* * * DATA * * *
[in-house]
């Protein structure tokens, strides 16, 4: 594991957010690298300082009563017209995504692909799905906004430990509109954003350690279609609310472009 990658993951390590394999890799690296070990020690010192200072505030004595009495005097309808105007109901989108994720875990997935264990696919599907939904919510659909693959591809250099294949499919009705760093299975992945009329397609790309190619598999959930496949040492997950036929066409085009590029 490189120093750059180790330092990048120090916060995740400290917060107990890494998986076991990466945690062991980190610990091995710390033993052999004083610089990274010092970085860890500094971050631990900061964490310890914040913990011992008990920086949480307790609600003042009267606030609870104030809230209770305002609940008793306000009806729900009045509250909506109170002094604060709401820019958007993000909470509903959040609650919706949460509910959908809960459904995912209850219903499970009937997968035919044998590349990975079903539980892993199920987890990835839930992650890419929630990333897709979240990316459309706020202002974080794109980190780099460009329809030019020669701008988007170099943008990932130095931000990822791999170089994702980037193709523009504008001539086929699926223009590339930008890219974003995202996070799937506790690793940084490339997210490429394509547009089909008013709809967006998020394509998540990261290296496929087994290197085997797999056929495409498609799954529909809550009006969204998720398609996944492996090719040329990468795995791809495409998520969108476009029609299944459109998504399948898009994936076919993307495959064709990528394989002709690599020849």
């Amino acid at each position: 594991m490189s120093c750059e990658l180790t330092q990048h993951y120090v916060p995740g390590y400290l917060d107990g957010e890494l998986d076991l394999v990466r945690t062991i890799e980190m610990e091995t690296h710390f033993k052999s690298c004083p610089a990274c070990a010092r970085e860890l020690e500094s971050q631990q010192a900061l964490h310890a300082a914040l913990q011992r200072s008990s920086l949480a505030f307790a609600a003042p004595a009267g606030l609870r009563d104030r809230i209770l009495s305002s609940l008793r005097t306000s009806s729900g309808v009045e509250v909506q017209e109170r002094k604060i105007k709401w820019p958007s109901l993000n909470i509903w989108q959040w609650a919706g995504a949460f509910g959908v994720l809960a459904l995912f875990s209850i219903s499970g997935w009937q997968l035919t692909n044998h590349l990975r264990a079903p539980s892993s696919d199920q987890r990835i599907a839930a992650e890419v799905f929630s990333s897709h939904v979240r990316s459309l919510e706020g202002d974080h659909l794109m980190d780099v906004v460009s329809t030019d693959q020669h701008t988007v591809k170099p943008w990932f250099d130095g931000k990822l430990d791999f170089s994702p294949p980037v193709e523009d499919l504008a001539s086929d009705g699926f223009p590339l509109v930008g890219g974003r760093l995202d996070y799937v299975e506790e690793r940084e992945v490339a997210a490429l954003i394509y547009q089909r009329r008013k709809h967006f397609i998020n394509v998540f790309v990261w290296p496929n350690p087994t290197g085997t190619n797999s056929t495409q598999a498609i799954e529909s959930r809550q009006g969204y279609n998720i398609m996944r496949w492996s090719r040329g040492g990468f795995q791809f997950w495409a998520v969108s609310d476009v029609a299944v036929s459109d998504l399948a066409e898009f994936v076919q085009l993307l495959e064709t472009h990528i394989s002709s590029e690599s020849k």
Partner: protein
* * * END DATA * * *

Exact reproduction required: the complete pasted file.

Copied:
[in-house]
């Protein structure tokens, strides 16, 4: 594991957010690298300082009563017209995504692909799905906004430990509109954003350690279609609310472009 990658993951390590394999890799690296070990020690010192200072505030004595009495005097309808105007109901989108994720875990997935264990696919599907939904919510659909693959591809250099294949499919009705760093299975992945009329397609790309190619598999959930496949040492997950036929066409085009590029 490189120093750059180790330092990048120090916060995740400290917060107990890494998986076991990466945690062991980190610990091995710390033993052999004083610089990274010092970085860890500094971050631990900061964490310890914040913990011992008990920086949480307790609600003042009267606030609870104030809230209770305002609940008793306000009806729900009045509250909506109170002094604060709401820019958007993000909470509903959040609650919706949460509910959908809960459904995912209850219903499970009937997968035919044998590349990975079903539980892993199920987890990835839930992650890419929630990333897709979240990316459309706020202002974080794109980190780099460009329809030019020669701008988007170099943008990932130095931000990822791999170089994702980037193709523009504008001539086929699926223009590339930008890219974003995202996070799937506790690793940084490339997210490429394509547009089909008013709809967006998020394509998540990261290296496929087994290197085997797999056929495409498609799954529909809550009006969204998720398609996944492996090719040329990468795995791809495409998520969108476009029609299944459109998504399948898009994936076919993307495959064709990528394989002709690599020849």
């Amino acid at each position: 594991m490189s120093c750059e990658l180790t330092q990048h993951y120090v916060p995740g390590y400290l917060d107990g957010e890494l998986d076991l394999v990466r945690t062991i890799e980190m610990e091995t690296h710390f033993k052999s690298c004083p610089a990274c070990a010092r970085e860890l020690e500094s971050q631990q010192a900061l964490h310890a300082a914040l913990q011992r200072s008990s920086l949480a505030f307790a609600a003042p004595a009267g606030l609870r009563d104030r809230i209770l009495s305002s609940l008793r005097t306000s009806s729900g309808v009045e509250v909506q017209e109170r002094k604060i105007k709401w820019p958007s109901l993000n909470i509903w989108q959040w609650a919706g995504a949460f509910g959908v994720l809960a459904l995912f875990s209850i219903s499970g997935w009937q997968l035919t692909n044998h590349l990975r264990a079903p539980s892993s696919d199920q987890r990835i599907a839930a992650e890419v799905f929630s990333s897709h939904v979240r990316s459309l919510e706020g202002d974080h659909l794109m980190d780099v906004v460009s329809t030019d693959q020669h701008t988007v591809k170099p943008w990932f250099d130095g931000k990822l430990d791999f170089s994702p294949p980037v193709e523009d499919l504008a001539s086929d009705g699926f223009p590339l509109v930008g890219g974003r760093l995202d996070y799937v299975e506790e690793r940084e992945v490339a997210a490429l954003i394509y547009q089909r009329r008013k709809h967006f397609i998020n394509v998540f790309v990261w290296p496929n350690p087994t290197g085997t190619n797999s056929t495409q598999a498609i799954e529909s959930r809550q009006g969204y279609n998720i398609m996944r496949w492996s090719r040329g040492g990468f795995q791809f997950w495409a998520v969108s609310d476009v029609a299944v036929s459109d998504l399948a066409e898009f994936v076919q085009l993307l495959e064709t472009h990528i394989s002709s590029e690599s020849k």
Partner: protein